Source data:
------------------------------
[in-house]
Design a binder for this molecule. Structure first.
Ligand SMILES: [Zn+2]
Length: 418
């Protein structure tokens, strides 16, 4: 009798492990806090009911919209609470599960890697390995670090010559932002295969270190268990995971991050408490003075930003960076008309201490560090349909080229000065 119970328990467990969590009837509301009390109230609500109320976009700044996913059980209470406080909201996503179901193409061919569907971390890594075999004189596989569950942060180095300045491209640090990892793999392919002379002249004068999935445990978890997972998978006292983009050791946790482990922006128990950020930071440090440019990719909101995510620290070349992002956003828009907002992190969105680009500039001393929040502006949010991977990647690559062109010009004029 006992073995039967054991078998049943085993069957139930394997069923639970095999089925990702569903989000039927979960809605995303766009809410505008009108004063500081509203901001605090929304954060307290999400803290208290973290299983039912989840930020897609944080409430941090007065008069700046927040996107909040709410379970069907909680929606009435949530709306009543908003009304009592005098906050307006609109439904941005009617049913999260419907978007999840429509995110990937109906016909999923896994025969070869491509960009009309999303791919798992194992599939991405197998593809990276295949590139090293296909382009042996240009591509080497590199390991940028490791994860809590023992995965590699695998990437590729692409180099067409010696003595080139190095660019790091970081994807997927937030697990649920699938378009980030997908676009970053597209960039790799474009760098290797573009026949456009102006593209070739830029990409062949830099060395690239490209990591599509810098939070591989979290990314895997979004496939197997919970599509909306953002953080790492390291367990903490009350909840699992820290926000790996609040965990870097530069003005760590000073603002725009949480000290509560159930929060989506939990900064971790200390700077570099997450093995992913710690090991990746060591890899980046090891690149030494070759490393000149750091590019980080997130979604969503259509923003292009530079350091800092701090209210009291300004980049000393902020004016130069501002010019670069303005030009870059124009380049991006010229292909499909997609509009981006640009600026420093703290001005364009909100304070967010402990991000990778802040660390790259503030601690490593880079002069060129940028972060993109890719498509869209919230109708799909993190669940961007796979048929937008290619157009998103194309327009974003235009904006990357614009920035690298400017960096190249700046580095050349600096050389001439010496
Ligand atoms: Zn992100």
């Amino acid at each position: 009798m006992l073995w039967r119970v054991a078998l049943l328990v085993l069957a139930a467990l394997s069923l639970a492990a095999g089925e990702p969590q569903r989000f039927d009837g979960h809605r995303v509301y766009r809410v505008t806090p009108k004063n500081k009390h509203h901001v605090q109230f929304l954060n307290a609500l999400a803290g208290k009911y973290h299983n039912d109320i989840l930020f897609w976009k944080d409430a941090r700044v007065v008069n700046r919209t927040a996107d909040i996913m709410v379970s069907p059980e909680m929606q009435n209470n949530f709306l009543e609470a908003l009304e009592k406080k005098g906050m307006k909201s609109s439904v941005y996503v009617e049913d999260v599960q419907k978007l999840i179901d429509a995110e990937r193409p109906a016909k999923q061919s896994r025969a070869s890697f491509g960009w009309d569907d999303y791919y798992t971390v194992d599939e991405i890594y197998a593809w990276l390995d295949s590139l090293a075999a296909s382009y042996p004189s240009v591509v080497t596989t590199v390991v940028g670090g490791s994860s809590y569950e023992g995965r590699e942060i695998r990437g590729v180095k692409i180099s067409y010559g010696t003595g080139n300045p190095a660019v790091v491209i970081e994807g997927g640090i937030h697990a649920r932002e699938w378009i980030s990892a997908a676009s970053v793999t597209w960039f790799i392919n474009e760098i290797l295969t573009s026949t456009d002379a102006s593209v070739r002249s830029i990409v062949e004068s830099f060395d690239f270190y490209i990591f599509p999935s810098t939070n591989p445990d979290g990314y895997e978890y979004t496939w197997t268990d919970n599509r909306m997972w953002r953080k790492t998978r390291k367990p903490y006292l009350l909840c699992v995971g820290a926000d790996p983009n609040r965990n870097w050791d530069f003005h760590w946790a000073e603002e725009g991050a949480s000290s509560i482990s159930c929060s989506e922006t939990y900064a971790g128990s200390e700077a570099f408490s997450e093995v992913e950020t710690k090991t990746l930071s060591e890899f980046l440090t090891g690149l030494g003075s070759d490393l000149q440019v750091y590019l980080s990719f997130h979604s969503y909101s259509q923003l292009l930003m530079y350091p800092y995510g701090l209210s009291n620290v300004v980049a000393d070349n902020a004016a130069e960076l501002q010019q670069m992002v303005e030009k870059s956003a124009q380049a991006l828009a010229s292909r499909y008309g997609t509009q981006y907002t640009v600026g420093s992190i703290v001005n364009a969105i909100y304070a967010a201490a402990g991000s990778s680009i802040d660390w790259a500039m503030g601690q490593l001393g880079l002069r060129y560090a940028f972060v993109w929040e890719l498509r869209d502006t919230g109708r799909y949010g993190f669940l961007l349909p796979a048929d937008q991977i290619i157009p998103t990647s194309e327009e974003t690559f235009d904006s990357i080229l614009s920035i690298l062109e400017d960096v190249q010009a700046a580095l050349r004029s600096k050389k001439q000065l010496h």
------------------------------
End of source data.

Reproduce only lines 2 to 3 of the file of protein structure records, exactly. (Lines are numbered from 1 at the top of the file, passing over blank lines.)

Design a binder for this molecule. Structure first.
Ligand SMILES: [Zn+2]